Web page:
Aviation insurance

Air catastrophes which have occurred in the recent months will certainly weigh down the 2009 toll and cost involved insurers and airline companies very dearly. From January 2009 to the end of July 2009, the total losses incurred by the insurance companies affected by air crashes should amount to 1.66 billion USD, compared to 789 million USD for the same period of the previous year.
© Aleks B., CC BY-SA 3.0

June, alone, is likely to be ranked as the most expensive year for insurers, following the month of September 2001

Two dramatic crashes have taken place at the end of the second quarter of 2009: that of Air France in the middle of the Atlantic Ocean which claimed the lives of 228 passengers and that of Yemenia Airways in the Indian Ocean killing 152 people. According to the first estimates, indemnification applications filed for the whole year could reach over 2.2 billion USD, that is, 57% more than the annual average of 1.4 billion, (calculated on the long-term basis).

The loss ratio of the aviation class of business should exceed 200% in 2009 while it was of 72% at the end of 2008.

A wide range of guarantees

Because of the high complexity of air transport, aviation insurance stands as a very particular class of business which is required to face a multitude of stake holders, countries and legislations. It provides a wide range of covers, three of which are big type of policies:

  • aircraft hull insurance which covers material damage sustained by the aircraft
  • third party liability insurance which covers the third party liability of the user and/or owner and/or the pilot
  • products liability designed for manufacturers, aircraft manufacturers and motorists

Two major crashes

For the AF 447 Air France flight, the airline company, along with insurers are required to indemnify victims' relatives in compliance with the Montreal convention which defines the carrier's liability even in the absence of any wrongdoing on its part, as long as the accident takes place on board the aircraft.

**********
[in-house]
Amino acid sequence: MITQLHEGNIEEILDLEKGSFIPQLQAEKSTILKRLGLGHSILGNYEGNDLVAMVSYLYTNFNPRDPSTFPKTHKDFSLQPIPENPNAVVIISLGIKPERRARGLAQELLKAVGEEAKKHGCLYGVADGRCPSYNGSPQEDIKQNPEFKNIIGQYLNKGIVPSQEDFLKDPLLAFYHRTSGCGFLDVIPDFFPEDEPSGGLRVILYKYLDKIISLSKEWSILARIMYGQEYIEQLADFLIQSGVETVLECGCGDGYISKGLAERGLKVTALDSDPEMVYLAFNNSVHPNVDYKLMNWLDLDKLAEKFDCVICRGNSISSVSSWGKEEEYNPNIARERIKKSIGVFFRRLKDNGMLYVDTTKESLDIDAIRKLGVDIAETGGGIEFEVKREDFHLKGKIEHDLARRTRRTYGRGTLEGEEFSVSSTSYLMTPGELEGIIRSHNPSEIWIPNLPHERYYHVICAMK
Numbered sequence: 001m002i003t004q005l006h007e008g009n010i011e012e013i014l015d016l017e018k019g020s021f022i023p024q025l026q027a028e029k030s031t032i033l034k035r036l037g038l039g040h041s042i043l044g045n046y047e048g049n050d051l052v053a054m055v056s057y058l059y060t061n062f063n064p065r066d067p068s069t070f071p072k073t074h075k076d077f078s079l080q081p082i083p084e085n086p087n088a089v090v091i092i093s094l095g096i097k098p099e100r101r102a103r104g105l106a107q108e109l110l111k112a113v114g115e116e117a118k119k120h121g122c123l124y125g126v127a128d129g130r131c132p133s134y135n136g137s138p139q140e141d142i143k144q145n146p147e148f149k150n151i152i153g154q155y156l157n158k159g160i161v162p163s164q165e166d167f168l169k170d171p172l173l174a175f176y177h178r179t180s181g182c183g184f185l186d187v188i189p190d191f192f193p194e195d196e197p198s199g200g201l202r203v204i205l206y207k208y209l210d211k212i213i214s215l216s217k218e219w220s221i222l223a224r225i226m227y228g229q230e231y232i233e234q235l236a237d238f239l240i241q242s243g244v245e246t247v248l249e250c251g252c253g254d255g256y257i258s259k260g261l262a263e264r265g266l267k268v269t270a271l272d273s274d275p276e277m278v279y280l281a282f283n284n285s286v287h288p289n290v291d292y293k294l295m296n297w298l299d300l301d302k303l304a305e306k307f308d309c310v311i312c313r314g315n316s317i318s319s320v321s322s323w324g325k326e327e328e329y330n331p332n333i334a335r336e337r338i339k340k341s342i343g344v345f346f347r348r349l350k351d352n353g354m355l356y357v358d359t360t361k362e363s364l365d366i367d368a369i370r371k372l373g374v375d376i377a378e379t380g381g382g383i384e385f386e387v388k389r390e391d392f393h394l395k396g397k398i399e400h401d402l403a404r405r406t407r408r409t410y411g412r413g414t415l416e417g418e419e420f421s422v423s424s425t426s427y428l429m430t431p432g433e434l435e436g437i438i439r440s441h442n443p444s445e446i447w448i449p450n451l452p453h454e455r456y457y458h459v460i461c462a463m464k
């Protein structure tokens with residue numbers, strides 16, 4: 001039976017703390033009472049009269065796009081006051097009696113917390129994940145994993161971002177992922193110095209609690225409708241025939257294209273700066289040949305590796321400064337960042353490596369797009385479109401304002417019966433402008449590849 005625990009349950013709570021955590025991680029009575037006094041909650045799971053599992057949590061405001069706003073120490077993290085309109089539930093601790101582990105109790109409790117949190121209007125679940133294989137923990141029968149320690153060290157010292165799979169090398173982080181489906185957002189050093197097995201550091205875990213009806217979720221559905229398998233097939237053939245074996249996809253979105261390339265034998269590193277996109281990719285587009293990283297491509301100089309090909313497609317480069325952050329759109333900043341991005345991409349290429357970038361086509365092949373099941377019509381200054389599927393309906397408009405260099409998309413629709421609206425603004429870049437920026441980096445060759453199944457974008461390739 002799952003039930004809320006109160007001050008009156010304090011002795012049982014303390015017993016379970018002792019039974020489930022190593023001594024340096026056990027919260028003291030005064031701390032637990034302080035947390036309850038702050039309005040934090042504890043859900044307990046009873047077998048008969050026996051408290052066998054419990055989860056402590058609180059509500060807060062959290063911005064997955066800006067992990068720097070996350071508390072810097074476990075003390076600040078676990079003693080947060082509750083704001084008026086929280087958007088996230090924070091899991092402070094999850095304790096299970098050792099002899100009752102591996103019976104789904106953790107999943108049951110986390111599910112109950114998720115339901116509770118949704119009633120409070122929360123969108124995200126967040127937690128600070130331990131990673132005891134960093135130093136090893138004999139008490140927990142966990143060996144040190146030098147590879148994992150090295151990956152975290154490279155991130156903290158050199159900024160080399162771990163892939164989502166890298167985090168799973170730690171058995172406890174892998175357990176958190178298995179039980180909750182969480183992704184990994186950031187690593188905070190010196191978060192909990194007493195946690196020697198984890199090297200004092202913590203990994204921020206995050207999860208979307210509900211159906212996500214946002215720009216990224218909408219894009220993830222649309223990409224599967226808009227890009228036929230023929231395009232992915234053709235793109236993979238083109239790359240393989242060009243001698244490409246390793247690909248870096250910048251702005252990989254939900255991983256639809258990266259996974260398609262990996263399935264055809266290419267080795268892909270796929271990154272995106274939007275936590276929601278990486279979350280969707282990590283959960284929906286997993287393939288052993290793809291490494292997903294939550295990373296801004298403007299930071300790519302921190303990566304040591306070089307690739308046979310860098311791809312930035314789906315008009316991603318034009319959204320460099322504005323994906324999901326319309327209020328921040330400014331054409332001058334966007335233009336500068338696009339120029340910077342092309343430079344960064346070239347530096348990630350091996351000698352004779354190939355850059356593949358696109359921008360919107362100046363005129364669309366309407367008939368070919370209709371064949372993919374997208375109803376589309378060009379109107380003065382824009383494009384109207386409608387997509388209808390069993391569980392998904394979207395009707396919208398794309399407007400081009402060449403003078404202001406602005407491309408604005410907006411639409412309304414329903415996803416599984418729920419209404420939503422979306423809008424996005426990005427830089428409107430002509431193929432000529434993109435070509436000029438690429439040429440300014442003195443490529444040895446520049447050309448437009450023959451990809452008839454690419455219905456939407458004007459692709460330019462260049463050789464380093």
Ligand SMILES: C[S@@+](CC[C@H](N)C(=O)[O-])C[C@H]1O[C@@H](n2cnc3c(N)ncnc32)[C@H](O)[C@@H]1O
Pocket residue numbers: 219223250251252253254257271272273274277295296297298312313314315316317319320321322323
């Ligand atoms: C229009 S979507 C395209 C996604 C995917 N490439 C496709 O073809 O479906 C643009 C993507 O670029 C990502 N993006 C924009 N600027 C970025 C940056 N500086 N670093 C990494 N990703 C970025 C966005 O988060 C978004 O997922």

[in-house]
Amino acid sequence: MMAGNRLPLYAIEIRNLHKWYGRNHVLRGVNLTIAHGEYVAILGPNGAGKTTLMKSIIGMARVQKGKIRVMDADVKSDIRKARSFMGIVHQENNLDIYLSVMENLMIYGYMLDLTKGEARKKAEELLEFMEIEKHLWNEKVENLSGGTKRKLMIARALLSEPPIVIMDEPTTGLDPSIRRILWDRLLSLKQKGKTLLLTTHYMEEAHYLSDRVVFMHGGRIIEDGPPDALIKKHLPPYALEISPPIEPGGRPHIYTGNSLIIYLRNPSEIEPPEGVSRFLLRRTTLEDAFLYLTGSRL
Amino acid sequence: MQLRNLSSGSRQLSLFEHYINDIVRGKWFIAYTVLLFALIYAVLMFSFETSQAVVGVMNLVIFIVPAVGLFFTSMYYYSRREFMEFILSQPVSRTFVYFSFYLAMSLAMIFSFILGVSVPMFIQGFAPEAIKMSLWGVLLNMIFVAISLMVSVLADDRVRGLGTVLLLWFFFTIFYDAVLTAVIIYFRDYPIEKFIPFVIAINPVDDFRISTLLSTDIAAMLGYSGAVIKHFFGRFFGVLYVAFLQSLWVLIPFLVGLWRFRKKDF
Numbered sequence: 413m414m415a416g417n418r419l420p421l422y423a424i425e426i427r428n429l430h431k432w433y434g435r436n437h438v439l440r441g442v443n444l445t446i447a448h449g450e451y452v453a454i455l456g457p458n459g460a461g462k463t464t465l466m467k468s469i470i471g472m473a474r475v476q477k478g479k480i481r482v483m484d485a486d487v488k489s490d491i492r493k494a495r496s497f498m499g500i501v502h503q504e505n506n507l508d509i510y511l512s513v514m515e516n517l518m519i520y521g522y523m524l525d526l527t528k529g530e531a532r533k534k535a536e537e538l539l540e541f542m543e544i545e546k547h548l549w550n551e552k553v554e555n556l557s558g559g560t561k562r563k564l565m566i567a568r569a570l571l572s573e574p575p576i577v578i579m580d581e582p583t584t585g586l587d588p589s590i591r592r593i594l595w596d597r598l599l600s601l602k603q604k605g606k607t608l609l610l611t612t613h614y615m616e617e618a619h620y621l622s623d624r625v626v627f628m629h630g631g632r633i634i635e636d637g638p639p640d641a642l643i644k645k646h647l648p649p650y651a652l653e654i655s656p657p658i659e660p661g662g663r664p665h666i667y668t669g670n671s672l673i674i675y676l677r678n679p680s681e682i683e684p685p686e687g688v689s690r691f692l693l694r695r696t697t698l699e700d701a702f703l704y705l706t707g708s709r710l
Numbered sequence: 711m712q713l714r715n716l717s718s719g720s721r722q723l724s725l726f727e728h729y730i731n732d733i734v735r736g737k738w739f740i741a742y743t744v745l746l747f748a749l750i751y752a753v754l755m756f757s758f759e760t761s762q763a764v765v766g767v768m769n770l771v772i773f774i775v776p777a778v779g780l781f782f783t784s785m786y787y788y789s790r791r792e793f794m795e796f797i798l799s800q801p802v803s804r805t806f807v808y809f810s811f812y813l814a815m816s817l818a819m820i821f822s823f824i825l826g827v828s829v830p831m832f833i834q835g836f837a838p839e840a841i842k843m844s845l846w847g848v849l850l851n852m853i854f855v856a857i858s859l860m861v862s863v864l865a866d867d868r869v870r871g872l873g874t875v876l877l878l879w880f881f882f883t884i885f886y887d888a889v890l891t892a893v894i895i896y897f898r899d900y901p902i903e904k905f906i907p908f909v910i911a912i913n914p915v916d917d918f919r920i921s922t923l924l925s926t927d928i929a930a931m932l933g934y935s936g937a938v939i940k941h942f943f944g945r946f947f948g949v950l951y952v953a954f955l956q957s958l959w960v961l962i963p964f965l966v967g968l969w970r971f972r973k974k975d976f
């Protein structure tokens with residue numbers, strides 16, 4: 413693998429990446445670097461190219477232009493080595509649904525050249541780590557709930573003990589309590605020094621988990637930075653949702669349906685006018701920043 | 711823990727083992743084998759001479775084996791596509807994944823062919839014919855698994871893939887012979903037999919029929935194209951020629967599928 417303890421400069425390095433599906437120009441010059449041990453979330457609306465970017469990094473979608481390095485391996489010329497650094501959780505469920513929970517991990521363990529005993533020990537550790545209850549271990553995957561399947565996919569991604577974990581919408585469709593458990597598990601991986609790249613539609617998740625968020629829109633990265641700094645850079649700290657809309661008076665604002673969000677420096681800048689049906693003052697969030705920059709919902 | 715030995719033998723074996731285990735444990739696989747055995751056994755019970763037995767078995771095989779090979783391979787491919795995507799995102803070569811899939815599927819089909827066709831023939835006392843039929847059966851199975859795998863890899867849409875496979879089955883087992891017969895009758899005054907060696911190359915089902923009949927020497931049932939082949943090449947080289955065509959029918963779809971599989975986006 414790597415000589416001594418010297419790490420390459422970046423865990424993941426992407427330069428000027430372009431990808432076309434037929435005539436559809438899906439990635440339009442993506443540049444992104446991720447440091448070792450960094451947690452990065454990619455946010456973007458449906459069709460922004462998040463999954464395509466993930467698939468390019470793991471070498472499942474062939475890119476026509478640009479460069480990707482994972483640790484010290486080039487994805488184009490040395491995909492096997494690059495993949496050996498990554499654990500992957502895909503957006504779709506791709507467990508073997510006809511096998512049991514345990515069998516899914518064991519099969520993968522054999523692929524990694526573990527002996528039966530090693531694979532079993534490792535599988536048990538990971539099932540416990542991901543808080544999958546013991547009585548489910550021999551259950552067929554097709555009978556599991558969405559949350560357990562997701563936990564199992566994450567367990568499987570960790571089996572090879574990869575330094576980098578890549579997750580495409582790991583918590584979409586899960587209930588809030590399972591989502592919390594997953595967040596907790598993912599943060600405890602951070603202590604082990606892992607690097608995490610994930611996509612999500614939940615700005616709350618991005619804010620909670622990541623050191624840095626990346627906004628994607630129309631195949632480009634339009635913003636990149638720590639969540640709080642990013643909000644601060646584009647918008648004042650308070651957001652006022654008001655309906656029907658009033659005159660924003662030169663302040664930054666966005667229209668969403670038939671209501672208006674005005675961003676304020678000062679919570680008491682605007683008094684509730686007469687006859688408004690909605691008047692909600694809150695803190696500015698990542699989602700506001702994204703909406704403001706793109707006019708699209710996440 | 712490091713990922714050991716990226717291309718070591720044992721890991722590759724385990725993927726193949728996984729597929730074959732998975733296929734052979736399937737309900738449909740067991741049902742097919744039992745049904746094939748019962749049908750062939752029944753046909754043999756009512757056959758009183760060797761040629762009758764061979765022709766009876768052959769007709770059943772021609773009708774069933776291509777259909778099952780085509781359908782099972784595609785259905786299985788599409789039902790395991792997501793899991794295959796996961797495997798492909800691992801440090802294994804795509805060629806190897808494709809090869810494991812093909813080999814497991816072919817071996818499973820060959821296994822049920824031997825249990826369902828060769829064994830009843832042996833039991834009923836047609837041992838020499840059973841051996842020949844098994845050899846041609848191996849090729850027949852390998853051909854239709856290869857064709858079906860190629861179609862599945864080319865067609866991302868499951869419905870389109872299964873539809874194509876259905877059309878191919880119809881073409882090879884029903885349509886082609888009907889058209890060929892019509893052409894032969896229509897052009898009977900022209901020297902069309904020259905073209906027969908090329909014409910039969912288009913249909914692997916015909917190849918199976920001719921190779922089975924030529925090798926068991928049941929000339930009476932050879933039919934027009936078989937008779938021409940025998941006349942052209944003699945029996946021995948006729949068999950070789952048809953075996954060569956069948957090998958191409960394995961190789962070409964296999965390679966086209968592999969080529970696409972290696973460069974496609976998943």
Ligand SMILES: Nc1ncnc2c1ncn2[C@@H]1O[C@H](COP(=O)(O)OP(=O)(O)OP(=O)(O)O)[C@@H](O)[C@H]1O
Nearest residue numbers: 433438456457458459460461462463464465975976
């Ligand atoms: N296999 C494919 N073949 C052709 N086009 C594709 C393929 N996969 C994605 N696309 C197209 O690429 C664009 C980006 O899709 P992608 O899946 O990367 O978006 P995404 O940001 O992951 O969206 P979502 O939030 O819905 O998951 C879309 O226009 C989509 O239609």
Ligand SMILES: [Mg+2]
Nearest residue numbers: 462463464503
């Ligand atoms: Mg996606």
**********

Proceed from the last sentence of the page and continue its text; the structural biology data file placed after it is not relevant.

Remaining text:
Axa Corporate Solutions is involved in the indemnification of victims up to 12.5%.
A first advance of approximately 17 500 EUR (24 399 USD) has been disbursed to the beneficiaries three weeks after the crash, whereas the total amount of compensation has been set at 116 000 EUR (161 733 USD) minimum per victim. For the loss of the aircraft, Air France will perceive 67.4 million EUR (93.9 million USD) from its insurers. Air France is coinsured by several companies including AXA (12.5%), AIG (12.5%), Global Aerospace (7.5%) and Allianz.

As to the second crash of June, the company Yemenia Airways is part of the “Gulf Consortium” insurance plan. This program covers aeronautics risk and almost all of the air fleet of the Persian Gulf and most of the Middle East fleets. Ace Global Ltd., which on top of an insurers' pool including AXA Corporate Solutions with 3% shares, will be covering both aircraft damages and carrier's liabilities.

The first 10 000 EUR (14 931 USD) compensation per victim has already been granted to the beneficiaries in October. The remaining damages will amount to several tens of millions of dollars. The aircraft, which crashed on the coasts of the Comoros has been evaluated at 34 million USD.

Tariffs revised upwards

Having decreased by more than 10% per year with the remarkable decline of total loss experience in 2006 and 2007, aviation insurance tariffs are poised to be revised upwards following these two important crashes.

The insurers are planning a substantial increase of the annual contributions in an effort to meet indemnification expenses and to consolidate their reserves. A 20% to a 25% increase is expected in 2010.

The month of July 2009 has already reported a 20% increase of hull and third party liability premiums. A serious blow for air transport sector which is already affected by lower traffic and by rising fuel prices.

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